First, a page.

I admit that I am fascinated with the future. I enjoy predicting the future based on trends that are reality already today.
While I am somewhat pessimistic about the future of photography as a business, I want to shed some light on the practicalities of digital photography, the file handling, the editing, and the storage.
So, what trends do we see today?
1. Image sizes that fulfil what people want
Cameras will soon produce image sizes that are fully sufficient to do whatever consumers want, even huge poster prints that are better than prints made from 100 ASA slide film that was state-of-the-art a decade ago. Canon’s 50D is the best example for this development. While this is still a semi-professional camera, it does not take a PhD to predict that there soon will be a camera in the consumer segment offering 15 megapixels in a very good quality.
The respective RAW file size is about 10 to 15 MB. So, shooting 500 images will create about 5 GB of data. This is still too heavy for any useful online handling today, but what if the speed of Internet connections continues to increase in the future? I’ll get to that in a minute.
2. DSLR cameras reach for the video market
This development is interesting because it makes still cameras more useful for any use. Whether you want to create high-resolution photos or high-resolution videos, it does not matter. Your image device will be able to capture the scene. However, video file sizes will put a heavy load on the computing power and the bandwidth involved. Today’s networks are too slow to handle that kind of load, but again – this could change in the future.
3. First signs of cloud computing services
We see first signs of cloud computing happening. We’ve got services for photo and video storage and sharing like Flickr and Youtube, and we’ve got on online version of Adobe Photoshop. Today, it’s still not feasible to upload large amounts of data to these services. For example, uploading 500 RAW images still takes ages. But what if this bottleneck is removed?
4. Available bandwidth increases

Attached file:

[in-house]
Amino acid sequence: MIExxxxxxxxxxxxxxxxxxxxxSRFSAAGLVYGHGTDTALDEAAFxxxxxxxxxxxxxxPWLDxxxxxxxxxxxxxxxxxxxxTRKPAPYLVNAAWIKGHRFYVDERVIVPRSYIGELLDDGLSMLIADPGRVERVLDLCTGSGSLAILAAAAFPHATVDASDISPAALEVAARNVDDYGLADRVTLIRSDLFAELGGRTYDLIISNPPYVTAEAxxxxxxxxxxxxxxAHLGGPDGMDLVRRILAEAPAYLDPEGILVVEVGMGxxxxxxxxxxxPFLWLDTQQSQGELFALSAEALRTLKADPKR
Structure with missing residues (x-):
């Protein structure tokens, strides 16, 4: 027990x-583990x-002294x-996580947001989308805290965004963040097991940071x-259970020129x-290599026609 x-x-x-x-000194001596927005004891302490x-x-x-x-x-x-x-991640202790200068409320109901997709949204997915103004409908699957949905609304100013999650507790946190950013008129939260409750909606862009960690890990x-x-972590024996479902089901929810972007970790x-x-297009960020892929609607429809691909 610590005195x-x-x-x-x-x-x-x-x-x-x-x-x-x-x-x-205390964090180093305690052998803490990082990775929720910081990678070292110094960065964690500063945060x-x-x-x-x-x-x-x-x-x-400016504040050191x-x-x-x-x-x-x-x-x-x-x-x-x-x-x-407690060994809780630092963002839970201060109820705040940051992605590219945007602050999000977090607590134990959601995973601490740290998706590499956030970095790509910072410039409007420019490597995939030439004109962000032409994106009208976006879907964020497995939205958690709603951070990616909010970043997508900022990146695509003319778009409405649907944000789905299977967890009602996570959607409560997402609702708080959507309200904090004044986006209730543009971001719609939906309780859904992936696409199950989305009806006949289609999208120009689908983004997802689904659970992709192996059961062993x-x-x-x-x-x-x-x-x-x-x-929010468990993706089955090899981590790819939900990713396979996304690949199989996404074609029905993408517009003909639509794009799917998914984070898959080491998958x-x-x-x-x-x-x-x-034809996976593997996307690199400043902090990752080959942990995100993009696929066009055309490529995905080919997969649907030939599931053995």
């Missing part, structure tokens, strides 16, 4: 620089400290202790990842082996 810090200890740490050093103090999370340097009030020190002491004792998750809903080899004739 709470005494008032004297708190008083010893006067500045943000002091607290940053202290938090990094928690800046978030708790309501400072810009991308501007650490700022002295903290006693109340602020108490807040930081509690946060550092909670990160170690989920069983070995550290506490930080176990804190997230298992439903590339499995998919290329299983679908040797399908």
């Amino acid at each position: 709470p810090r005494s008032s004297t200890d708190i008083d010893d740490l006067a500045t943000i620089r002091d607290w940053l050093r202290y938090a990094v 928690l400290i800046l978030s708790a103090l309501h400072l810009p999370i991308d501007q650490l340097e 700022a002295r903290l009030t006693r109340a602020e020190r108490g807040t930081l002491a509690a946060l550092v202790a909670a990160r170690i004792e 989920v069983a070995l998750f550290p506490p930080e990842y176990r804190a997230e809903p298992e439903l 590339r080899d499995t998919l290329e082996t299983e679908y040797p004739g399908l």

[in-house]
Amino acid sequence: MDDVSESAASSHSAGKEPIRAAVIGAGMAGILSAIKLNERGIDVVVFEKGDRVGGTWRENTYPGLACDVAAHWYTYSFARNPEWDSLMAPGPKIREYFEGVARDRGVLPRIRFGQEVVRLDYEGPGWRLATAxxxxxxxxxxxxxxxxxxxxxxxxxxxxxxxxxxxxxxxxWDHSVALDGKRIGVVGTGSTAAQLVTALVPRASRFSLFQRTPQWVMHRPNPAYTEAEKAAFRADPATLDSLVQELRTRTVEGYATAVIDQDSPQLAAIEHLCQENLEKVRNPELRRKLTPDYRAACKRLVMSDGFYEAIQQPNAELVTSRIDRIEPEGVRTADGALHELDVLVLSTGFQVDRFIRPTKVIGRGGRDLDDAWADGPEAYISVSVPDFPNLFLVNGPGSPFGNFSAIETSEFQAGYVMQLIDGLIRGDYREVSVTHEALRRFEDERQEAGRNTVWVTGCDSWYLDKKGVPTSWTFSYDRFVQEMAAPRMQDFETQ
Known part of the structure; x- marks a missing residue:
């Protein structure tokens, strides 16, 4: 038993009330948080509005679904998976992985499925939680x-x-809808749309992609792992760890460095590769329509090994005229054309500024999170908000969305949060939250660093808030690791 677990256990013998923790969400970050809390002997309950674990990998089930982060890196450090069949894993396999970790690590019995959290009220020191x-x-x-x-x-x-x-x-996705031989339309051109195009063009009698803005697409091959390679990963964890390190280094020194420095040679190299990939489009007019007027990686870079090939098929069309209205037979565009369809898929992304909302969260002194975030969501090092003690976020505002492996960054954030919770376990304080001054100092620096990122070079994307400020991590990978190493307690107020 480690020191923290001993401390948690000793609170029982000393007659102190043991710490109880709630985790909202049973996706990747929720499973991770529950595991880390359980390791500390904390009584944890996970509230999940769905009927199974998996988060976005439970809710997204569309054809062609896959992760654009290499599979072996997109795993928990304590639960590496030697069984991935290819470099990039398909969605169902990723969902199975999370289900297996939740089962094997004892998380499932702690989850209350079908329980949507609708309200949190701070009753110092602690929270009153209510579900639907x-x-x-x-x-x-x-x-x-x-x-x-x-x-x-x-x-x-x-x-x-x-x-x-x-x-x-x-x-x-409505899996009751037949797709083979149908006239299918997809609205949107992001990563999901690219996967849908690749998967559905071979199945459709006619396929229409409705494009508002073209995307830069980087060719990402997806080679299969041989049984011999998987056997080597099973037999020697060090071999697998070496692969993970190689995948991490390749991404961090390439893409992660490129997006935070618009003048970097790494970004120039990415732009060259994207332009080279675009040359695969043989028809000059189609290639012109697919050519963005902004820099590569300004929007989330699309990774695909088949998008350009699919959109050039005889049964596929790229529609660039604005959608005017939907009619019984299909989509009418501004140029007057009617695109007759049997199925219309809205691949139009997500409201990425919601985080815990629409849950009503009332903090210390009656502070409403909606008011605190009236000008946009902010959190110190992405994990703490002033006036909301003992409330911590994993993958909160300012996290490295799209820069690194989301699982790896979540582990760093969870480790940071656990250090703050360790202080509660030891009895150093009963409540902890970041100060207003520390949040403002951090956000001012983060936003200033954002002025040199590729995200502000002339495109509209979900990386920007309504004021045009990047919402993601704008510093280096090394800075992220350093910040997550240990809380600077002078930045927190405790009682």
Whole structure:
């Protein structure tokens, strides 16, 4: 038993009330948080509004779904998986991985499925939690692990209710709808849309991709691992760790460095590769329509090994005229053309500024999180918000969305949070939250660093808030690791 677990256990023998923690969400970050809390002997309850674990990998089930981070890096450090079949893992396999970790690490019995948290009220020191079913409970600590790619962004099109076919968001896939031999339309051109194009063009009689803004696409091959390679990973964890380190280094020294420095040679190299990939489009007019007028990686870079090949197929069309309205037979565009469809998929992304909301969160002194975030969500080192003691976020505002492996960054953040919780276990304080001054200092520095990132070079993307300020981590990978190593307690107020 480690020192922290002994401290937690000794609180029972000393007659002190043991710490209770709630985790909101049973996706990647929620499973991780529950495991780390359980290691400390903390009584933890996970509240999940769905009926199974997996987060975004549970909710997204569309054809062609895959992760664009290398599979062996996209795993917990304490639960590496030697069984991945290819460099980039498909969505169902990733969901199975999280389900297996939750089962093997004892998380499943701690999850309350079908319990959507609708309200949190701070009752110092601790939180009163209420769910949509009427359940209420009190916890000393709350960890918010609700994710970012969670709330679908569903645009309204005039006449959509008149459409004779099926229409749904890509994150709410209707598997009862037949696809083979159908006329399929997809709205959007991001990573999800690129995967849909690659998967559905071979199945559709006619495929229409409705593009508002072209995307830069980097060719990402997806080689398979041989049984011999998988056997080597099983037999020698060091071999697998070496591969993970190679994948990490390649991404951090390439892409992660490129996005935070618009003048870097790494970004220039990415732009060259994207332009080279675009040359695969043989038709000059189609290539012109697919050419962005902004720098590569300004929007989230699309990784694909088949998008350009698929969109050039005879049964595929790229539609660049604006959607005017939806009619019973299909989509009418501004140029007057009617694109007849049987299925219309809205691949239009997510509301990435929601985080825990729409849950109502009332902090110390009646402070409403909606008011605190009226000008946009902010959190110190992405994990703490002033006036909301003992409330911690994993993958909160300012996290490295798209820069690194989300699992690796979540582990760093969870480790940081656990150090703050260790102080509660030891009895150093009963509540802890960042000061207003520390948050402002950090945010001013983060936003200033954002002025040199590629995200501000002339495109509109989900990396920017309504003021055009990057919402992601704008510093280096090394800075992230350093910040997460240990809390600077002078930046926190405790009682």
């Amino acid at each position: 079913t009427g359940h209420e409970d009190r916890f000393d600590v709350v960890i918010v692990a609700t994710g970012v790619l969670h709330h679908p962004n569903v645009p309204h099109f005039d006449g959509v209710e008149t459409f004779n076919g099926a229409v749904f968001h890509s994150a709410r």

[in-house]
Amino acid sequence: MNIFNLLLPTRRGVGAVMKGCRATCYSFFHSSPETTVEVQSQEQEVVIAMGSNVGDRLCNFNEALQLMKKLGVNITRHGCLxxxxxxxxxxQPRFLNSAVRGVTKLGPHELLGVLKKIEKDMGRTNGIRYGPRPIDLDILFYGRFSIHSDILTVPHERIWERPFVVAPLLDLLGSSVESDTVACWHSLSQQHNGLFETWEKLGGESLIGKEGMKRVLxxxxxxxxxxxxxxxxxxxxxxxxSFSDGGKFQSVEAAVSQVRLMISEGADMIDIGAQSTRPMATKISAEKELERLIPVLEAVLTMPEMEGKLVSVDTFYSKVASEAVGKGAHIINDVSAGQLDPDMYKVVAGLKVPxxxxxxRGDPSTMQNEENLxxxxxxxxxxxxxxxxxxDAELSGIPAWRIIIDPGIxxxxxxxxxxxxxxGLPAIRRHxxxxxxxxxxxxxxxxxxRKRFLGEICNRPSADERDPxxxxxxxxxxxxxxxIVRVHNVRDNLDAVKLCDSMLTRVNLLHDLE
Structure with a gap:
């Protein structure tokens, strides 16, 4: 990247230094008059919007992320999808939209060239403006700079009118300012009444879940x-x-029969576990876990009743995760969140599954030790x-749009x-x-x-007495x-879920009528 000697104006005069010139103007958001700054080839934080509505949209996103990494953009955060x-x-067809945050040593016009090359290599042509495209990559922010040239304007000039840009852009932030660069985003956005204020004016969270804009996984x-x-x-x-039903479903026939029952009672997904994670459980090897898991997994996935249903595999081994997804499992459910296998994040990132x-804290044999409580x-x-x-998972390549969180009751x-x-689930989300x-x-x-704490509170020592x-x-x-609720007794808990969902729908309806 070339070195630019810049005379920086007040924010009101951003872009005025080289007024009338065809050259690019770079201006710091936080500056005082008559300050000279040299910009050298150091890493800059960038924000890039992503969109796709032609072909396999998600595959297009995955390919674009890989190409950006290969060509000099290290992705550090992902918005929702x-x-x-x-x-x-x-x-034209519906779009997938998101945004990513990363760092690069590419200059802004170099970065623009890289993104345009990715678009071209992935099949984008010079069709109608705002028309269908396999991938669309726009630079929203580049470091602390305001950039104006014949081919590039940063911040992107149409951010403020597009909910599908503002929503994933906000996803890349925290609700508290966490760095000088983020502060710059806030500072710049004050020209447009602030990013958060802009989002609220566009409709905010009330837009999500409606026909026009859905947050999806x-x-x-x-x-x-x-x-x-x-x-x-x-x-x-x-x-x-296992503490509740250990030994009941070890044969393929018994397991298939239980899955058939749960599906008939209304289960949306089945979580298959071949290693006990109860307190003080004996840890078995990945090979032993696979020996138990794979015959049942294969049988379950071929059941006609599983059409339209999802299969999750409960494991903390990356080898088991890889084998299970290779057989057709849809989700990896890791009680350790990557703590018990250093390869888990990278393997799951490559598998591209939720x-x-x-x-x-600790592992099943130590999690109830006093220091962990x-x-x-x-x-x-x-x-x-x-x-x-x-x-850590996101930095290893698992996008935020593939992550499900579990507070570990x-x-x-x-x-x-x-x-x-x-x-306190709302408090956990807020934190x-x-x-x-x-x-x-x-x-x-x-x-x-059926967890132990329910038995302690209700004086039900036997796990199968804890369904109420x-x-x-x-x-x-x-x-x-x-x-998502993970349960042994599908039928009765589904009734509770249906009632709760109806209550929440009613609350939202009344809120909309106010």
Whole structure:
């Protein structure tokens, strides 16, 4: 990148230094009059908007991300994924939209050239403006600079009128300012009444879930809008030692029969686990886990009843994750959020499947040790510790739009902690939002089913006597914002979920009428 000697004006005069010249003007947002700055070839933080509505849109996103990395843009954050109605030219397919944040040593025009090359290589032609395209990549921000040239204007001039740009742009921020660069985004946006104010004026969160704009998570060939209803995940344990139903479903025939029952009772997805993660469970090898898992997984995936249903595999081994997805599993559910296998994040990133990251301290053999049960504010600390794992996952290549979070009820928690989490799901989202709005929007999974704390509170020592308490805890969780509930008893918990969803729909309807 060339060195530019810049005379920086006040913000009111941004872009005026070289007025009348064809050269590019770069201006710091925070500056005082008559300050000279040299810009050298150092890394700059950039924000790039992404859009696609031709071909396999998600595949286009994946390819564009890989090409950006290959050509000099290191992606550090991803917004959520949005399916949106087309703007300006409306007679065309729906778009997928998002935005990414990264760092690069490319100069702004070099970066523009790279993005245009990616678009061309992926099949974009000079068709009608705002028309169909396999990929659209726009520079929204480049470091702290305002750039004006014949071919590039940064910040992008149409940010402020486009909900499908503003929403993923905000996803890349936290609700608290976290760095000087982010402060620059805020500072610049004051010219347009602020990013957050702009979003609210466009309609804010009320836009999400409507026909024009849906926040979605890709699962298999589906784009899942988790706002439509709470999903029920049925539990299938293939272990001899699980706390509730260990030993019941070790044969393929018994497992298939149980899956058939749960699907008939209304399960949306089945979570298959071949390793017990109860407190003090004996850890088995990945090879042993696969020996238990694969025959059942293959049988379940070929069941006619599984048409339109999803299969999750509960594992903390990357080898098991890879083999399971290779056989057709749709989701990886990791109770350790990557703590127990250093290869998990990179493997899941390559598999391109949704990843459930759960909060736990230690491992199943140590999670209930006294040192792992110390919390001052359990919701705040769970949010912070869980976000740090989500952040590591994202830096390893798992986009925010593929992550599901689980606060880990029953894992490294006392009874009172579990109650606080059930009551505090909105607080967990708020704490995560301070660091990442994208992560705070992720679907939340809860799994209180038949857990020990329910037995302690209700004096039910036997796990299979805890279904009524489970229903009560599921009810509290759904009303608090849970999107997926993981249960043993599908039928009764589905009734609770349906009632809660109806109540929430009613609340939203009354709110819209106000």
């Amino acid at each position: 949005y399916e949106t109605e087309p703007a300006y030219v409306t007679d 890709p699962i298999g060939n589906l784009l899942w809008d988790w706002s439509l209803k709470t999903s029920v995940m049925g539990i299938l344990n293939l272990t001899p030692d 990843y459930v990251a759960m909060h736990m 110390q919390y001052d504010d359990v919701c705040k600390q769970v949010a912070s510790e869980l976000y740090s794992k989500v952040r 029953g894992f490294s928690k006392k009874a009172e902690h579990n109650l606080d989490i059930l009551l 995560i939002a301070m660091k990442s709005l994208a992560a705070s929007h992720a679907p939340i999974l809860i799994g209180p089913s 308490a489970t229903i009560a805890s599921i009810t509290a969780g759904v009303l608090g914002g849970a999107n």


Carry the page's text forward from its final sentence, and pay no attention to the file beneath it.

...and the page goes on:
The other day I found a very interesting Podcast titled The roadmap towards the gigabit society. It comes from Nokia Siemens Networks, a big telecommunication infrastructure provider. About 4 minutes into the Podcast, their CTO explains that we may soon get an incredible 1 gigabit per second to our homes, a dedicated line for both downlink and uplink. All I can say is – wow. I want this service.
At this speed, transmitting 500 RAW images is a matter of minutes rather than hours. Suddenly, using cloud computing becomes a realistical alternative to your desktop computer.
That’s why I am very convinced that photographers will use cloud computing services in the future. A lot. You will not use powerful computers but rather smart display units similar to the small netbooks that have become so popular recently. You will probably upload all your images and videos from home (or maybe even from the road). You will edit these with smart services that are located on the web. And you will store them on the web as well, probably with some sophisticated access right management.
All this will take place within the next ten years, i.e. until 2019, probably earlier.
Some serious questions remain though:
:: Security of services. Can you actually trust those cloud computing services? Do you really want to put your crucial images on a server that you can not control? Given the fact that accounts are being terminated all the times for whatever reasons, you will need either waterproof contracts with those providers, or you will have smart online backup services that act as mirrors for the uploads. Or you will have to go for classical backups, either created by the online services (and sent to your home). Of course, you can still create the backups at home.
:: Pricing of services. Today, we are used to pay once for a software like Adobe Photoshop or Lightroom and then use it for as long as we see fit. Of course, today’s online services are free or very cheap, but in the future I expect prices to increase, especially for editing software. Online backups will be rather cheap as these services are not as complex as editing software.
:: Global availability of high-speed networks. It’s all nice if you can upload large files, but what if your customers are still on a slow connection? At least this problem will limit the full usability of the faster network (on your end) – the majority of visitors will still have to look at downsized previews, because they are on a slower connection.
Anyway, I am very much excited by thinking of the gigabit society, whatever other changes it may bring.